Nefarious Wheel writes: "One of the great perks of the company where I work is a huge variety of technical magazines in the coffee room, often having to do with industrial machinery, the aircraft industry, logistics, the world of the intensely practical application. Leafing through these I'm struck by how some very mundane machinery is really very beautiful. I guess form follows function, and beauty is in the eye of the beholder, but — why are some machines just simply beautiful to look at? Is it a case of things attracting us for monkey reasons, or intelligence crossing the barrier to emotion because of some line drawn by an artist masquerading as an engineer? Why is the nacelle of a commercial jet, a scanning electron microscope, a magnet of the LHC beautiful, when it was designed entirely to suit a practical purpose?"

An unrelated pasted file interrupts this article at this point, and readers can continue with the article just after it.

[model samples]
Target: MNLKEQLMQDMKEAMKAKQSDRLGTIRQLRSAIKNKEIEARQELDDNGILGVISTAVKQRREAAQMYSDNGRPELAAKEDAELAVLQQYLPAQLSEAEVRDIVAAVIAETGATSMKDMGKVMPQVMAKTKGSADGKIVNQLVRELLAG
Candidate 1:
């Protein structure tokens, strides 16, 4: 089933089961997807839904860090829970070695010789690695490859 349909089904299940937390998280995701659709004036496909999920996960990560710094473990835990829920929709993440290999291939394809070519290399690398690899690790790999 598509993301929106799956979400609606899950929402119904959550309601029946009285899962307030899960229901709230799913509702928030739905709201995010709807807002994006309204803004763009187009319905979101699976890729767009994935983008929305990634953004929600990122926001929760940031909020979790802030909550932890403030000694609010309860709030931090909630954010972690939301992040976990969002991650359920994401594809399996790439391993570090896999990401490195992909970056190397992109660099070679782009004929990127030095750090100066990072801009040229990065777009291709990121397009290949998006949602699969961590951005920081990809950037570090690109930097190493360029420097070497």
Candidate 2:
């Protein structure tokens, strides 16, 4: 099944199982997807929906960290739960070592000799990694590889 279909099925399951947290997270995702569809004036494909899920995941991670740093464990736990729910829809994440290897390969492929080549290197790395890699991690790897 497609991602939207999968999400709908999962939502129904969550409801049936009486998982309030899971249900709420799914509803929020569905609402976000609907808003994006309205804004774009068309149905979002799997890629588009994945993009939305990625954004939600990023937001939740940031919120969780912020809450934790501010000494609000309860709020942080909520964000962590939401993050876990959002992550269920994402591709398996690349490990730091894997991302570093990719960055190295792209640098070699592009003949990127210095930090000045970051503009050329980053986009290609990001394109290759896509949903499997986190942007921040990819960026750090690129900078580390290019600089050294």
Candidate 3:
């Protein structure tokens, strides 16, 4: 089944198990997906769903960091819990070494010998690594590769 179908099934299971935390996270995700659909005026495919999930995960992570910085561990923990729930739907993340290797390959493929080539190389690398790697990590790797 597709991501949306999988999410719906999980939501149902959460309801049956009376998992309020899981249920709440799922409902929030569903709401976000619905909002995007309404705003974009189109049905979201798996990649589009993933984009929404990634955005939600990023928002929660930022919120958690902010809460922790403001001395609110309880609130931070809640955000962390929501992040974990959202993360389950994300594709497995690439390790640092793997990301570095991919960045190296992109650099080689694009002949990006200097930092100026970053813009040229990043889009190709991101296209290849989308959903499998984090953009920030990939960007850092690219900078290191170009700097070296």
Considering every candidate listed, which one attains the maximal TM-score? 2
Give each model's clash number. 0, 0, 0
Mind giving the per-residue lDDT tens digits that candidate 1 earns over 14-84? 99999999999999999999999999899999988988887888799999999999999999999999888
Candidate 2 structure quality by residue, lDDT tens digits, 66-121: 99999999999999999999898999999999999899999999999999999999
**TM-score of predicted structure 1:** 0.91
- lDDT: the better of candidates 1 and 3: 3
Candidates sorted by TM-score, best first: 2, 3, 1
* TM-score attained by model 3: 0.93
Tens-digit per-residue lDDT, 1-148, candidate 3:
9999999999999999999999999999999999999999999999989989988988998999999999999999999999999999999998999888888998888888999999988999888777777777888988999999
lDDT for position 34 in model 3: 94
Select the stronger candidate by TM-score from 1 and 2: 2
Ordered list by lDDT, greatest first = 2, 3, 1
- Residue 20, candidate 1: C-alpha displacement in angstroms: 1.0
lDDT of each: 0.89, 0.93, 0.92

"Card readers? We don't need no stinking card readers."
-- Peter da Silva (at the National Academy of Sciencies, 1965, in a
particularly vivid fantasy)